Editor’s note: A version of this post by Thomas Graziani first appeared on WalktheChat, which specializes in helping foreign organizations access the Chinese market through WeChat, the largest social network on the mainland.
You might not have heard of Yunji, one of the newest giants of Chinese social commerce. Yet, it just went IPO on the Nasdaq, raising $121 million. What is this booming new social commerce company?
What kind of company is Yunji?
Like Pinduoduo, Yunji is a social commerce company relying mostly on WeChat sharing to generate sales. However, unlike Pinduoduo, Yunji uses a decentralized network of “members” who help sell products.
The process is the following:
- Users pay a fee to become members of the platform
- They can then access special discounts/offers, along with the ability to open their own stores
- Members promote their products to other users (mostly via WeChat)
- If they manage to sell products or recruit new members, they receive a share of revenue (not directly through cash but through discounts for future purchases)
Members just have to handle the promotion of the products, while Yunji handles all logistics, IT integration and customer service.
Because of this model, Yunji has been under scrutiny from Chinese authorities because of suspicion of operating a pyramid scheme. In 2017, Yunji was actually fined $1.4 million by a local government over pyramid selling charges. In order to avoid further charges, or even being blocked, Yunji doesn’t reward members with cash anymore. Instead, if members successfully promote Yunji’s products, they receive discounts for future purchases.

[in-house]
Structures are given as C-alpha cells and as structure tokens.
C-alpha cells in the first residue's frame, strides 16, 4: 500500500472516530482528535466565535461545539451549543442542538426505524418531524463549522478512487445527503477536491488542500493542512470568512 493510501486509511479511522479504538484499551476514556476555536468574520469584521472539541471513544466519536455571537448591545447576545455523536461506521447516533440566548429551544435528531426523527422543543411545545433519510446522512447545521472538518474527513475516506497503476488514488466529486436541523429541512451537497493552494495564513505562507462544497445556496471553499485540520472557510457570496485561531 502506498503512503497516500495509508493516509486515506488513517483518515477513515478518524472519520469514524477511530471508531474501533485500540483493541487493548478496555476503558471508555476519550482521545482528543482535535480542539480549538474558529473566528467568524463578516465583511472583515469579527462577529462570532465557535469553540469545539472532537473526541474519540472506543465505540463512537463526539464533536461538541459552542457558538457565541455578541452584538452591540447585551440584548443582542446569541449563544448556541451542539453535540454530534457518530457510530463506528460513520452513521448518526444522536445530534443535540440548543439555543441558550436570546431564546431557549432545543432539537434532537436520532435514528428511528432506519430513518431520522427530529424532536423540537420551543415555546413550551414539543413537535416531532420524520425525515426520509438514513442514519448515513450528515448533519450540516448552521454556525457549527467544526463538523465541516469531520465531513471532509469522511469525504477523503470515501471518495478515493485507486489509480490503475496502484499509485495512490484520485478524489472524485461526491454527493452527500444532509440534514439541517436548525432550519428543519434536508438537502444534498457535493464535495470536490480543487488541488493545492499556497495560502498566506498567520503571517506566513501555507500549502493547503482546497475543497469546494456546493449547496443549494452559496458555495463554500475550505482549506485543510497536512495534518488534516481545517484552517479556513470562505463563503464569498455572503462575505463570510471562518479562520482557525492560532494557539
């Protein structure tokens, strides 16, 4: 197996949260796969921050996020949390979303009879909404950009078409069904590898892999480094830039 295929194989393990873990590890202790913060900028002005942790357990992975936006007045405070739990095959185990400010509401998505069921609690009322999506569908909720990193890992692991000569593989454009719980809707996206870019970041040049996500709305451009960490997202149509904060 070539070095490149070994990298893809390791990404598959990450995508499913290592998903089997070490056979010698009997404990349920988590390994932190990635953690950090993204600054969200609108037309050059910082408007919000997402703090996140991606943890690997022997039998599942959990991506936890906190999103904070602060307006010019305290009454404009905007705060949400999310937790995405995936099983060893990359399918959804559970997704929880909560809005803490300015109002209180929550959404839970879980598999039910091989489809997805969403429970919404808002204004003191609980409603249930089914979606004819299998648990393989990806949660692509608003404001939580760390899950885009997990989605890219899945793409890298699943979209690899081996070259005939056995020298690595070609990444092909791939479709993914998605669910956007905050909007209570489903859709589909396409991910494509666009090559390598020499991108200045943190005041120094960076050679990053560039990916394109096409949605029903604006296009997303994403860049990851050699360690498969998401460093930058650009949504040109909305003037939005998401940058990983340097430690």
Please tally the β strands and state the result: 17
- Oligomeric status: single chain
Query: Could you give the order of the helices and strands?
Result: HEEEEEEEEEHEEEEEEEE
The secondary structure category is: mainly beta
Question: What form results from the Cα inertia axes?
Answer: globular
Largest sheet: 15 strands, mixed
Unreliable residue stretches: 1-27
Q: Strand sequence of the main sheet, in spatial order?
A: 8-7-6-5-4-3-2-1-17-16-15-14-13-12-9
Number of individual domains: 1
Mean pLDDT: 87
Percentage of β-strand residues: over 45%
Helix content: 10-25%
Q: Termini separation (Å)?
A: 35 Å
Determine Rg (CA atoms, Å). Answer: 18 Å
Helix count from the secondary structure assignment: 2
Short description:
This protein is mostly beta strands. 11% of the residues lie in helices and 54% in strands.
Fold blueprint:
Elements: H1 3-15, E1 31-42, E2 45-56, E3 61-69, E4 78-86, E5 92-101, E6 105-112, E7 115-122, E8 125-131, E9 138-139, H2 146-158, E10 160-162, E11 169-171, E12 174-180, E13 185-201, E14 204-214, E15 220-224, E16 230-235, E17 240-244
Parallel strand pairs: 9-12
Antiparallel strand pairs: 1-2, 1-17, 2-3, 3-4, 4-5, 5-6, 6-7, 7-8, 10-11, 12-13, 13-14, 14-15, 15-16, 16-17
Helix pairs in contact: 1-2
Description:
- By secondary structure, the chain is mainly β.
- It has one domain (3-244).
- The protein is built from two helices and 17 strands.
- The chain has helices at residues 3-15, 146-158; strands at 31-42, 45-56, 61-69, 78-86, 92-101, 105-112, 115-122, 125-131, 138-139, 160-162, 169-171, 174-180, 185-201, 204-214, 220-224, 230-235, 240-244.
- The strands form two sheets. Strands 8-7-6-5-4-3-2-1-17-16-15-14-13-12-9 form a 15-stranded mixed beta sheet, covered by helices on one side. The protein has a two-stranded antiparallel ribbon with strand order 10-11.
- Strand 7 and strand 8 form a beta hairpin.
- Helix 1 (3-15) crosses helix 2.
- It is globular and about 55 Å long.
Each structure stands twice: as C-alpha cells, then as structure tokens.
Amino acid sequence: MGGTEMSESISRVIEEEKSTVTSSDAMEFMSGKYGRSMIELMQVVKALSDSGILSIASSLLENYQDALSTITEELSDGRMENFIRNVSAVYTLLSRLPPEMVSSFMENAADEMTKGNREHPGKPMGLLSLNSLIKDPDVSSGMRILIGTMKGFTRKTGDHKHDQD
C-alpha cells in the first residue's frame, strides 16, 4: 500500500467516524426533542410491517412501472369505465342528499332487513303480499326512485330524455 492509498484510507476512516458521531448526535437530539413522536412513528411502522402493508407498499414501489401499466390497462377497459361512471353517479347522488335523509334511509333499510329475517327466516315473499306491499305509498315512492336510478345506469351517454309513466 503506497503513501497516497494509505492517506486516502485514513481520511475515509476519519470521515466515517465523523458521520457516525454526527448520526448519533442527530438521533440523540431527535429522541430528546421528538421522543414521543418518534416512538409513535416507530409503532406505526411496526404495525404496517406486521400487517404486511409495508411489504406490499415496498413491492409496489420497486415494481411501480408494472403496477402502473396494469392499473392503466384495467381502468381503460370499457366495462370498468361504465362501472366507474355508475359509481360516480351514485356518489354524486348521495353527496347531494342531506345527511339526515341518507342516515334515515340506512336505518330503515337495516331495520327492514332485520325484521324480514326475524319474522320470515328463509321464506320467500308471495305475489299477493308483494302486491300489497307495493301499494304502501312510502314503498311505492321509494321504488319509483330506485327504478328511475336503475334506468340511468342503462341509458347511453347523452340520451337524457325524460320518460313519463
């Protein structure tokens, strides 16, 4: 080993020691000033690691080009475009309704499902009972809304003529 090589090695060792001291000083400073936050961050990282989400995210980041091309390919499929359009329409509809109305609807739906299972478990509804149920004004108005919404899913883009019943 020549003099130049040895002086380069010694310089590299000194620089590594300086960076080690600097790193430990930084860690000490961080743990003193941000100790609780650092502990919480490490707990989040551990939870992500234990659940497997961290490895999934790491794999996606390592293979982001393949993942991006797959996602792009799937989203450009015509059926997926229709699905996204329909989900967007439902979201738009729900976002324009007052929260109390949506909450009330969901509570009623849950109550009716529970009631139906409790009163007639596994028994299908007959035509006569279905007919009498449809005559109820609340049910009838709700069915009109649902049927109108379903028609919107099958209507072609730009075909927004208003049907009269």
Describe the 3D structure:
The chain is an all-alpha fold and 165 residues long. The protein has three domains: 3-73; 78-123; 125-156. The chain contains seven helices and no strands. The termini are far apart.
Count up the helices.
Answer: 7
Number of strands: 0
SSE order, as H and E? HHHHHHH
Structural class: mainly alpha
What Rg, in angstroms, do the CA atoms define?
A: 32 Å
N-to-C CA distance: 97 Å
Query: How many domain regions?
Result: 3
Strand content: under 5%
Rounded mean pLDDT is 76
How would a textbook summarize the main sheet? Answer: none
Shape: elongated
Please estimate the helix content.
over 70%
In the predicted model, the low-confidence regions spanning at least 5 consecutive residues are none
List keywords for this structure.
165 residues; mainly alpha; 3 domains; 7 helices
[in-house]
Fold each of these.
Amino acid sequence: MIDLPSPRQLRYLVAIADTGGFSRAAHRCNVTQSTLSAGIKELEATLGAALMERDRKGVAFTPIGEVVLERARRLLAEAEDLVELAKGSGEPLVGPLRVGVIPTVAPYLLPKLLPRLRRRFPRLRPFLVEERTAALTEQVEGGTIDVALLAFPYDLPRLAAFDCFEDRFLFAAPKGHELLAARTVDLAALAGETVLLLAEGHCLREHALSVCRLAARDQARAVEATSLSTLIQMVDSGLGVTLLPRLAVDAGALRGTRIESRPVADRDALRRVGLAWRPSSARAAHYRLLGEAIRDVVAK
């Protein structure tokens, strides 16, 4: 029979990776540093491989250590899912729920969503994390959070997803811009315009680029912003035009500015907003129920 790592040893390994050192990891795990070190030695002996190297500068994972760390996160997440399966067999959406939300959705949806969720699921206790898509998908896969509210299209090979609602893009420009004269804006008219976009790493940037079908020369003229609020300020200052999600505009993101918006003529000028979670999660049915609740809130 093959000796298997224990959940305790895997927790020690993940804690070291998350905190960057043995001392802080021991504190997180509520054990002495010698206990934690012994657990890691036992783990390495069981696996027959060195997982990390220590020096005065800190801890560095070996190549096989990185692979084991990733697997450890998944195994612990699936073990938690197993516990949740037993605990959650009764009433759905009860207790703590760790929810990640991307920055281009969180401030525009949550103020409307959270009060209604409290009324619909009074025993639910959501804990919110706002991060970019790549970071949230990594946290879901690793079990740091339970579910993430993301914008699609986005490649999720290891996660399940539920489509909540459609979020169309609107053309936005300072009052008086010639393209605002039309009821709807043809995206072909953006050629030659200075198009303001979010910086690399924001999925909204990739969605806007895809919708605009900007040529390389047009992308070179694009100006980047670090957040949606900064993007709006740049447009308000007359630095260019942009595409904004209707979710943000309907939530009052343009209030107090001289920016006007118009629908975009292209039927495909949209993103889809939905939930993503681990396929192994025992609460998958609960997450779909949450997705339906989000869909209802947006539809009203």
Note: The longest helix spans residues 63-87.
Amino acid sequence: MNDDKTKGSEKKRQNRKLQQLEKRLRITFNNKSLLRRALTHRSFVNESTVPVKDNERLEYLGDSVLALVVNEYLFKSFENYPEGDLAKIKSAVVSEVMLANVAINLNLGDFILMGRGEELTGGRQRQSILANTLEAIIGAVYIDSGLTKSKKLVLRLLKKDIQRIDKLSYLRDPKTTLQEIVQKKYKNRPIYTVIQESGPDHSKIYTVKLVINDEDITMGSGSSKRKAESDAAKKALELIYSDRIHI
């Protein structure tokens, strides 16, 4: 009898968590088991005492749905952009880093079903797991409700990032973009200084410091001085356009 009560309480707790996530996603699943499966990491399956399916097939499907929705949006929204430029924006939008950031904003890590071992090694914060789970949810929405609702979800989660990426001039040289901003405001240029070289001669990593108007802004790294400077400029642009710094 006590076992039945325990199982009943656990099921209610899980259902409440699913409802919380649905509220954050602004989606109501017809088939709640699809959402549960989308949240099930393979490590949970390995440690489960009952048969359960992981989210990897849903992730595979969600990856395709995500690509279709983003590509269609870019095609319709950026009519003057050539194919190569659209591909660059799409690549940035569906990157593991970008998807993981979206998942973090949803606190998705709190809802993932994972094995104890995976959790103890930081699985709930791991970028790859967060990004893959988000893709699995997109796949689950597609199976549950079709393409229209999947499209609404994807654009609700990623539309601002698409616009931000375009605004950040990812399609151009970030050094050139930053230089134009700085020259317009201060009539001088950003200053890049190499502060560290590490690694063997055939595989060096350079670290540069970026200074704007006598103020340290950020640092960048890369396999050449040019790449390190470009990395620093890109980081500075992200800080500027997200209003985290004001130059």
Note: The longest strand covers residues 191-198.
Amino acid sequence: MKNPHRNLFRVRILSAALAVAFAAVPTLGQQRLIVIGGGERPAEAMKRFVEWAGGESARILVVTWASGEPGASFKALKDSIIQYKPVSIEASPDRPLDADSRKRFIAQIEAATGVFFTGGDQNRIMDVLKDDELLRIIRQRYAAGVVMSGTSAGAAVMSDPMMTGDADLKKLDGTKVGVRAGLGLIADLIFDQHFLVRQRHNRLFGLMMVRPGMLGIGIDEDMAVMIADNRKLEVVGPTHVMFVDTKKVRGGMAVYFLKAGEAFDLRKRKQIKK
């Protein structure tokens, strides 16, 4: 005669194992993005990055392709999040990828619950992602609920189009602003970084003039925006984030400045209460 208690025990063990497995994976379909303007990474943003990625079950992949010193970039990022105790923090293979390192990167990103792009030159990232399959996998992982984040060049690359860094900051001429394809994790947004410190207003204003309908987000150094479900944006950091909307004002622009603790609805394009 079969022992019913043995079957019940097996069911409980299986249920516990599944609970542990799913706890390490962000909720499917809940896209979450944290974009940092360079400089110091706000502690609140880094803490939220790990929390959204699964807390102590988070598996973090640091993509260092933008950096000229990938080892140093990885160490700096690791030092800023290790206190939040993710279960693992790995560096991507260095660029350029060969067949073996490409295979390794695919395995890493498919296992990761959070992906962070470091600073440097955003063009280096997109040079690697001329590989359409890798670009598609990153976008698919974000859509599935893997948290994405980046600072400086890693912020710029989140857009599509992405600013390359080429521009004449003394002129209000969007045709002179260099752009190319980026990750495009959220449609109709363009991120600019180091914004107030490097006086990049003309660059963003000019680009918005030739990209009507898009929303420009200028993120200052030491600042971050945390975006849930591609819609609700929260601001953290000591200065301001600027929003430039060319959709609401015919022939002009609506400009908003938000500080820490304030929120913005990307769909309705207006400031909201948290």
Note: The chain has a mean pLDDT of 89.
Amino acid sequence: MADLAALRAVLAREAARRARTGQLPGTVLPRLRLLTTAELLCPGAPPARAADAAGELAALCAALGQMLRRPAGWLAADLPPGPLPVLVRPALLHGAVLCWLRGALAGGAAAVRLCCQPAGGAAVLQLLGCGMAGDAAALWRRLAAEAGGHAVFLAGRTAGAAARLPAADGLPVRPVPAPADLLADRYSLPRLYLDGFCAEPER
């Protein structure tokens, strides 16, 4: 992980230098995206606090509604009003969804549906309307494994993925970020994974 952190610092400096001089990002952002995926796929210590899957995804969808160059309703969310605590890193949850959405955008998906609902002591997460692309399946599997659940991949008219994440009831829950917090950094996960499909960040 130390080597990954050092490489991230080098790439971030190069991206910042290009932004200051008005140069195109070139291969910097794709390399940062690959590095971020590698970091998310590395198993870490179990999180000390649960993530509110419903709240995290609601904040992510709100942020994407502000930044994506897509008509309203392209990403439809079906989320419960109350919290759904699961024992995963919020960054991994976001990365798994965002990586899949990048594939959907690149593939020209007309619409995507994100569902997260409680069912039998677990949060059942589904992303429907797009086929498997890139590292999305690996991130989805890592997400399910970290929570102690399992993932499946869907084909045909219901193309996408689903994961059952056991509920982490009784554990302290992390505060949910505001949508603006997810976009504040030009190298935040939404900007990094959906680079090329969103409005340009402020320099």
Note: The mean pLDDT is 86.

However, Yunji has one thing going for them: a lot of sales. Pyramid models usually rely mostly on members selling other memberships, with no real sales happening. But the company’s gross merchandise volume has exploded over the last three years.
According to Yunji’s IPO fillings, 66.4% of this GMV is, however, coming from members. It is unclear to which extent it is generated from genuine purchases or because users are required to purchase products in order to become members. As of December 31, 2018, Yunji had accumulated 7.4 million members. The company had 6.1 million transacting members in 2018.
Yunji’s explosive growth
One thing is certain: Yunji has seen explosive growth in its revenues. The main driver was the growth of revenues generated from sales (like JD.com, Yunji is a retailer and makes direct revenues from sales).
Another driver of Yunju’s revenues is the fees paid by members in order to access the platform and discounts.
Membership revenues, however, contribute only around 12% of total revenues, while most of the rest comes from merchandise sales.
Yunji and Pinduoduo
It is hard to think of Yunji without thinking about the other massive social commerce company in China: Pinduoduo. Pinduoduo launched the same year as Yunji, 2015, and went IPO last year, ahead of Yunji.
There are however some startling differences between the two companies. While Pinduoduo has a much larger GMV—more than 20 times that of Yunji in 2018—it has similar revenues and is much farther from profitability. Pinduoduo recorded 2018 losses of RMB 10 billion (about $1.5 billion), while Yunji was nearly profitable.